Ernest S. Arvai
The recent history for the business jet market has not been robust, particularly at the low end of the market. The following chart shows deliveries over the last 15 years based on data from GAMA, and AirInsight’s estimate for 2013. The downward trend has continued since the record deliveries in 2008. The question is whether the rapid ramp up from 2004-2008 was a bubble that burst, or an indication of where demand should normally fall? Continue reading
Airbus and Rolls-Royce have combined on a program to enhance the residual values and market viability of the A340-500 and -600, which have been removed from many airline fleets due to unfavorable economics. Rolls-Royce has stepped up with a “four for the price of two” program in which they will guarantee engine maintenance costs at the same level for maintaining two GE90s on a Boeing 777-300ER. This will help bring the economics of the A340-500/600, which suffers from unfavorable engine maintenance costs, in line with two-engined competitors.
In addition, Airbus is certifying the A340-600 to a maximum of 475 seats in all economy seating, in an effort to become a viable replacement for the 747-400 for many carriers currently operating that type, making the aircraft more attractive to ULCC and charter operators. Continue reading
Airlines over time build up reputations for superior service and garner passenger preference. But over time, consumer preferences change, and once they do, carriers must adapt to the more competitive environment.
Singapore Airlines has for years had the highest ratings for customer service in the industry from a variety of rating sources, and for many years was considered the preferred choice for business and leisure travelers who wanted a little extra. That customer preference resulted in the ability of the airline to earn slightly higher yields than most carriers, as it did not have to discount as high a proportion of its fares to fill its seats. Continue reading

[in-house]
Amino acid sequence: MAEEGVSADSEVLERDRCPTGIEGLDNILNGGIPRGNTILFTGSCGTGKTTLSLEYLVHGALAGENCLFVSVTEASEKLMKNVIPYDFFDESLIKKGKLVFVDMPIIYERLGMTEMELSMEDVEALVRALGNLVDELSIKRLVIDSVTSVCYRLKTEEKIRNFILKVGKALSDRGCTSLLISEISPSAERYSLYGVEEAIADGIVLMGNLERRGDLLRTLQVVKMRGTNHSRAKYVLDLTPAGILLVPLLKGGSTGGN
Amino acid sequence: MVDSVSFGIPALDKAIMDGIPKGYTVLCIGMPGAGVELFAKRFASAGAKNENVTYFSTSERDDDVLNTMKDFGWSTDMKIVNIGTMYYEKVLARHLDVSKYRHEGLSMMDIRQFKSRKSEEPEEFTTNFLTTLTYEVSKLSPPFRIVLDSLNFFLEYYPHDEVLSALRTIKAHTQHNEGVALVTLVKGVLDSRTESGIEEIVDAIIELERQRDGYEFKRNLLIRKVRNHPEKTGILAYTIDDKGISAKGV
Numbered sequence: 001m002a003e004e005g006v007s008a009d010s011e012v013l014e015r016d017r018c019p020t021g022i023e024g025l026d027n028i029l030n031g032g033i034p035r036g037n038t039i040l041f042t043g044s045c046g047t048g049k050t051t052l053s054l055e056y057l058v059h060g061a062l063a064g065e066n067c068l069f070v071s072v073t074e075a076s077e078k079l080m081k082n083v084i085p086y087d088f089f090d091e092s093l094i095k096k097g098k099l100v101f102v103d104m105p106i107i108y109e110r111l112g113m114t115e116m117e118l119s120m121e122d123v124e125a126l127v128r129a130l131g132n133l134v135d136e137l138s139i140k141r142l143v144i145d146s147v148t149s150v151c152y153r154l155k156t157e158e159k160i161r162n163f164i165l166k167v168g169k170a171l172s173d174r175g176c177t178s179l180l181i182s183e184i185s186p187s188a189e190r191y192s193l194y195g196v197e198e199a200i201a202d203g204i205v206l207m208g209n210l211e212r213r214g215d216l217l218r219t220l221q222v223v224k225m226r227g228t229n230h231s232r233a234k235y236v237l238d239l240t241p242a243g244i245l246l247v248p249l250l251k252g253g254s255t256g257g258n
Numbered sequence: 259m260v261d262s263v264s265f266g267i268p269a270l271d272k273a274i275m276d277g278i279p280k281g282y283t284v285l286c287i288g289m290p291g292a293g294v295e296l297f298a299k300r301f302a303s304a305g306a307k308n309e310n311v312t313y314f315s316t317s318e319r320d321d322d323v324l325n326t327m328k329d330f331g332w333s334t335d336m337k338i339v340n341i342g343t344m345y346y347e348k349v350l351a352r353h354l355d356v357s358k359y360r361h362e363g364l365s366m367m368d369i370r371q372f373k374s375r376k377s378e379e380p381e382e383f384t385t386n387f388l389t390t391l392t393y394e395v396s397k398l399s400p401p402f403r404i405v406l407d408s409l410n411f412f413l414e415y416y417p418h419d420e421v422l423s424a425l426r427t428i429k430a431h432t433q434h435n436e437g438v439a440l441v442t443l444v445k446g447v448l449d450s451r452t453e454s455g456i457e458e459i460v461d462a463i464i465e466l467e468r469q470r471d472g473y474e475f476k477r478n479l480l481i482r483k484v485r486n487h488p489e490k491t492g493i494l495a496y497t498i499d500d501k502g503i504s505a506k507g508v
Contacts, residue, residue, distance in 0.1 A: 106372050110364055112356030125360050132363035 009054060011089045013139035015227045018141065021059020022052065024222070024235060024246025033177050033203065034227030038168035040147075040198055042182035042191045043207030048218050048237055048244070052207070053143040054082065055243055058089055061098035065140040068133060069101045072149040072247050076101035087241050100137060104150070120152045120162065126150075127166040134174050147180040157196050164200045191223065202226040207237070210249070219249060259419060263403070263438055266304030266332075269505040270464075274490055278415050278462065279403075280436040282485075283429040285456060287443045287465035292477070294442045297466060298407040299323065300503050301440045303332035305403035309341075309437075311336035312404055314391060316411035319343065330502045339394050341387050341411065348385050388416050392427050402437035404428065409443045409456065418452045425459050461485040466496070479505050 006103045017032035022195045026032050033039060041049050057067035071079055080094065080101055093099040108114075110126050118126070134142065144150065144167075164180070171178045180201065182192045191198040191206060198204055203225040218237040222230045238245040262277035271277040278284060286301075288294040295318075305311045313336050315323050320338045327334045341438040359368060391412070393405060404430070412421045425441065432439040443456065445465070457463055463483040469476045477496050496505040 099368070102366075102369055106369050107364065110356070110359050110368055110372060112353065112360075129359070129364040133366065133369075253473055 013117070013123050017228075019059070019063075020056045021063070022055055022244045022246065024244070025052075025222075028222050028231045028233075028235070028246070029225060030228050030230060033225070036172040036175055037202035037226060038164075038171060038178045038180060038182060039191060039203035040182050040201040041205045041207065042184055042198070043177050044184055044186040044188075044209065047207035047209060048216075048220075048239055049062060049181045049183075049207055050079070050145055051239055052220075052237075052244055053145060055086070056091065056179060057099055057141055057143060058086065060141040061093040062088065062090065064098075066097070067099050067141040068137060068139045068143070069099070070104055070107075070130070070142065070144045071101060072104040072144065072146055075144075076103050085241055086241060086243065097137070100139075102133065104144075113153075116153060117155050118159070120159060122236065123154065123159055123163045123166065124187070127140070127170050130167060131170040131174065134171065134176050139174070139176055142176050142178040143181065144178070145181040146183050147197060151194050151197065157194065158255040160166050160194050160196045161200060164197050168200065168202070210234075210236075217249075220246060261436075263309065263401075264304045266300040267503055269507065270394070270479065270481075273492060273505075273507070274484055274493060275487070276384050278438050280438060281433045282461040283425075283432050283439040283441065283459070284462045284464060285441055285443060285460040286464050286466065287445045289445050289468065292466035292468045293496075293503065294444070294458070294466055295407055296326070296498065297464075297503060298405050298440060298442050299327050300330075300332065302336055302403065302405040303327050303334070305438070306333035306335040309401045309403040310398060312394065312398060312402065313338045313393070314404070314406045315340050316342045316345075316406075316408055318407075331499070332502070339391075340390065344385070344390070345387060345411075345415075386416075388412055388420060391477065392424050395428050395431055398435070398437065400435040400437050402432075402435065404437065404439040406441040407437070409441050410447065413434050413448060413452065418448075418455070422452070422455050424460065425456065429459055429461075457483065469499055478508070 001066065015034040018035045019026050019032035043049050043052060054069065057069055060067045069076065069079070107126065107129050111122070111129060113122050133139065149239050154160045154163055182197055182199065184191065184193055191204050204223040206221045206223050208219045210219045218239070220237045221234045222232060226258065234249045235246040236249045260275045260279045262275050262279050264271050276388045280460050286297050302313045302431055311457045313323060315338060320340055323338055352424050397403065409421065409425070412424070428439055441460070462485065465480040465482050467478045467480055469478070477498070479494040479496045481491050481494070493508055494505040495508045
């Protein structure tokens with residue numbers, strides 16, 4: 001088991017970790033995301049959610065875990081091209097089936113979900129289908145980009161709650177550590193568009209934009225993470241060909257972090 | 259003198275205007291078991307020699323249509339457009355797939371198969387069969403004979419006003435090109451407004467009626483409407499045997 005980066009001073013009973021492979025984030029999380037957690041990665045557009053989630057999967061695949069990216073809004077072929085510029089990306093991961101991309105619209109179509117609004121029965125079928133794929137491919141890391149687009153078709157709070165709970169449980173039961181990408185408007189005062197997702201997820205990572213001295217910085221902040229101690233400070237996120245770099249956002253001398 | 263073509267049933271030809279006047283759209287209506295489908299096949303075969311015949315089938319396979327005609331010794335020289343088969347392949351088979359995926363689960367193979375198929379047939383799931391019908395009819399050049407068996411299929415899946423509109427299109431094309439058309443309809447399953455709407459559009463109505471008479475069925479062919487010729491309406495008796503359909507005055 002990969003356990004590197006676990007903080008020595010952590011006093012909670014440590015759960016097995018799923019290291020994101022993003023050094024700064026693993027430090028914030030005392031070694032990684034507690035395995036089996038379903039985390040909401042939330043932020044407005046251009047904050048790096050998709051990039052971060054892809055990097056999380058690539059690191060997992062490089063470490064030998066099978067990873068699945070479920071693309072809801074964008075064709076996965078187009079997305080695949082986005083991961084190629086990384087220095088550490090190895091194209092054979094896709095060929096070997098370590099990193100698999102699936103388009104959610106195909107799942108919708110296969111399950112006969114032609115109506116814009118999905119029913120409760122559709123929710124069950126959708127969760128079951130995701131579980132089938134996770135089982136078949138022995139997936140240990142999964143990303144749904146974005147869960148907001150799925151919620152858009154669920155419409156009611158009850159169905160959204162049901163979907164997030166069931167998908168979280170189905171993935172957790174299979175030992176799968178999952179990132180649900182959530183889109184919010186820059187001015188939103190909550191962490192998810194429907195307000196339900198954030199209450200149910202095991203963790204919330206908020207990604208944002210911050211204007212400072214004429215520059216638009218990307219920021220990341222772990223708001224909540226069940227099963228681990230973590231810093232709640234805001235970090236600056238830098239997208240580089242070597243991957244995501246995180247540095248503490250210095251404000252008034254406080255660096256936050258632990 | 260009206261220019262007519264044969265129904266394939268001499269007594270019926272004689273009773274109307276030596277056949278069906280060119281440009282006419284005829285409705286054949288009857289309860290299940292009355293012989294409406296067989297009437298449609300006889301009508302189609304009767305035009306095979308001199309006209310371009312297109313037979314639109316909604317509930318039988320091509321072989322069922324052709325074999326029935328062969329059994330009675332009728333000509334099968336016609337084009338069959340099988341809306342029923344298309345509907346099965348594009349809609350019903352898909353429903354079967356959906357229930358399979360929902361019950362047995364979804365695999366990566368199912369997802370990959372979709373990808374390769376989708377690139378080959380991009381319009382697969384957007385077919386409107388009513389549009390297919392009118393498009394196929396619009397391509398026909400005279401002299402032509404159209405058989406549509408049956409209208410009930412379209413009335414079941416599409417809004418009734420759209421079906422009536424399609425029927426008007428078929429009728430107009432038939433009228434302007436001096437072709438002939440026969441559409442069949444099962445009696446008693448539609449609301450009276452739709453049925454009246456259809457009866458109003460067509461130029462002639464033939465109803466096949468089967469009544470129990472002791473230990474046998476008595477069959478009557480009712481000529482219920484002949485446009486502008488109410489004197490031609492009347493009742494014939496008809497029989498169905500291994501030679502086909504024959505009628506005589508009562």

The massive aircraft orders at the Dubai Air Show underscored the power shift in the airline industry to the Gulf, as the three large carriers, Emirates from Dubai, Etihad from Abu Dhabi, and Qatar Airways from Qatar, continue to expand and erode the traditional business of European and Asian carriers.
Several factors led to this power shift. First, the immense wealth and ready investment capital created after Richard Nixon took the US off of the Gold Standard for international settlements in 1971 and precipitated the first “oil embargo” that raised prices for energy and resulted in a financial bonanza for the Gulf oil producers, and second, the foresight to take advantage of a geographic position between East and West to diversify from an oil-based economy through massive investments in airlines, aircraft and connecting hubs. The results have been phenomenal, and concern about the growth of these airlines has spread from Europe and Asia, where most of their traffic has derived, to the United States, which appears to be the next target for expansion. Continue reading
Abu Dhabi Aviation, which provides support for oil projects in the Middle East, has ordered 2 Q400s to add to its fleet, which already includes one Q400, one Q300 and two Q200 aircraft. Nadir al Hammadi, their Chairman stated “our operation of Bombardier commercial aircraft spans over 20 years and the acquisition of the Q400 NextGen turboprop, with its exceptional performance and superior payload capability in our challenging operating environment will allow us to serve our customers effectively.”
This order joins orders from Air Cote d’Ivorie, lessor Palma Holding for Ethiopian, and Nok Air for Q400s and Iraqi Airways for a commitment for CSeries.
Airbus & MRO
Companies are often forced to rethink their strategies based on externalities, and we’ve seen a couple of examples of this in the aviation markets this week, at Airbus and SkyWest.
Airbus quietly announced that it was dismantling its MRO network, which it had initially begun some years ago to ensure that some of the best MROs in the world had the capabilities to maintain Airbus aircraft. Their network had 17 members, who have all now been notified that the network was being disbanded.
The operation was not commercial in nature, as Airbus never made any commitments to give work to the network members, but instead it was a process to exchange data and establish benchmarks for maintenance performance. The members of the network, a who’s who of maintenance providers, included Lufthansa Technik, HAECO, SR Technics, ST Aerospace. Of course, since they all compete with… Continue reading